The Grimm court further explained:
Change can be difficult. Schools and school leaders can go a long way to make these types of changes easier to understand by being clear about what policies require and do not require. Teachers and other school staff must ensure they understand the law and do not inadvertently create panic over concerns that are unlikely to ever materialize. Effective imposition of discipline for any abuse of the rules by students or others can fully address those rare circumstances where students misbehave in the face of new rules.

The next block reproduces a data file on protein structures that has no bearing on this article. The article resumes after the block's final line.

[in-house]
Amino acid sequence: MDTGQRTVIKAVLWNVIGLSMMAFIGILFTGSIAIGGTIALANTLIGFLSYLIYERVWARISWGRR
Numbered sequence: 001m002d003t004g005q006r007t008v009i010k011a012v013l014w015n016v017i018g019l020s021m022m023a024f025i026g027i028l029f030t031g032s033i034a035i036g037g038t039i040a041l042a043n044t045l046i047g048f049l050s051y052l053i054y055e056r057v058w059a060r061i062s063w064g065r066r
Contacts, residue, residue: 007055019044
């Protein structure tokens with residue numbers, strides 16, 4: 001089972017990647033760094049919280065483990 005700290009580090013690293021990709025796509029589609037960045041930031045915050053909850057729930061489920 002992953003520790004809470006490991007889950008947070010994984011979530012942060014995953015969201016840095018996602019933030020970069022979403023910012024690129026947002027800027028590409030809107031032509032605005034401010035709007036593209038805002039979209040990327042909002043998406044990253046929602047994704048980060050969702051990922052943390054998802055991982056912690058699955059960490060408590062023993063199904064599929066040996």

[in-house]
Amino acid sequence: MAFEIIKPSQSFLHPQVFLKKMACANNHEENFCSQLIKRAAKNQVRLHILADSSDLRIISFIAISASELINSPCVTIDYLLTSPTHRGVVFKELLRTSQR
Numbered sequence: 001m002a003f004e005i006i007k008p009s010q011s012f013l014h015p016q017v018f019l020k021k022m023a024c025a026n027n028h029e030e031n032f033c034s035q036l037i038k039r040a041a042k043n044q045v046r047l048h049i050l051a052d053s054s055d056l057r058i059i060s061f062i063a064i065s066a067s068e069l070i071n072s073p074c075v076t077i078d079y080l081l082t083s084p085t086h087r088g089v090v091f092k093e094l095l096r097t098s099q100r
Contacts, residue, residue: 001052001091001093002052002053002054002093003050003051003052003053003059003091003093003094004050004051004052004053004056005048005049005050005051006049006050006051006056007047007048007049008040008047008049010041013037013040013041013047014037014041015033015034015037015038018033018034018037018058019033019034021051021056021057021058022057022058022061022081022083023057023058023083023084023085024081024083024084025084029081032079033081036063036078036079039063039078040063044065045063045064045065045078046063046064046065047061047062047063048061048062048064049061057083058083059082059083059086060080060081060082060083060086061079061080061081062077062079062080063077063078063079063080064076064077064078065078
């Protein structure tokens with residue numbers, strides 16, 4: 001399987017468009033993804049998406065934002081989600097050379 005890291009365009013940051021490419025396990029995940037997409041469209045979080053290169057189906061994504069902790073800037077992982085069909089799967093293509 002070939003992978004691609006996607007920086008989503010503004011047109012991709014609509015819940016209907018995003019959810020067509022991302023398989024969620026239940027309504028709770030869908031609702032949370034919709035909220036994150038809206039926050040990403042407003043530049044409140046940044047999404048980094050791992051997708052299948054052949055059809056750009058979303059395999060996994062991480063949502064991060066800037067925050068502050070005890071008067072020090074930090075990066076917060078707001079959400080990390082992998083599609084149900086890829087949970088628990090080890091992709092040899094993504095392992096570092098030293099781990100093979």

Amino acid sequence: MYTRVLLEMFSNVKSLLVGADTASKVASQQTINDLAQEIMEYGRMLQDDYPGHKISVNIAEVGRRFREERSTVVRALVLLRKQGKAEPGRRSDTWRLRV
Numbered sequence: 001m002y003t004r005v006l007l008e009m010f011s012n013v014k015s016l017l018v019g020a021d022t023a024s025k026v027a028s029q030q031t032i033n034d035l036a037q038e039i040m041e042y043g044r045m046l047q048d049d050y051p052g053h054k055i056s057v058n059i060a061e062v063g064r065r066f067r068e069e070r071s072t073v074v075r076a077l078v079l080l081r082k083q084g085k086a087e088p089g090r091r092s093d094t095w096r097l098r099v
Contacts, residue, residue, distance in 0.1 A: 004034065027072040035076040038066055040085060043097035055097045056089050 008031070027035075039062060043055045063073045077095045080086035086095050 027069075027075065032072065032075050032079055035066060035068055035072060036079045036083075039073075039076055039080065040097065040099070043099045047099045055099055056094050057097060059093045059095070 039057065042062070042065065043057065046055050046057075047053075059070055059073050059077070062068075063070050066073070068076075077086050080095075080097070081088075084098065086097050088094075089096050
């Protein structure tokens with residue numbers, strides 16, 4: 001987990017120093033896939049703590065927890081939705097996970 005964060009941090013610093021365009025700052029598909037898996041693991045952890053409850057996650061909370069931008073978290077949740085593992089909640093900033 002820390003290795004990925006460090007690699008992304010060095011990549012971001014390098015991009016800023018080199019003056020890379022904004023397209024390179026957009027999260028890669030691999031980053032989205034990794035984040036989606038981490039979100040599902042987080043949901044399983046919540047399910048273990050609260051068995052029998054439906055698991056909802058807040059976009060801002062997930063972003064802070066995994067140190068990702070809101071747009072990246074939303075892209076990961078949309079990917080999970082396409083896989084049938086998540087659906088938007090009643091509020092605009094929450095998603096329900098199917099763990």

Title IX is a civil rights law like many others. Under its current interpretation by the courts and OCR, schools cannot separate “male” students from other “male” students and “female” students from other “female” students, just as they cannot separate students based on race, color, or national origin in bathrooms, or separate students with disabilities from other students in bathrooms. Under the modern interpretation that has been growing in acceptance over the last half a decade, “male” and “female” include individuals who were assigned the gender at birth and those who identify with that gender in their day-to-day life. School leaders are in the tough but ultimately manageable position of helping parents and other community members understand the limits to what the law requires while also protecting the rights of the students whom the law is intended to protect.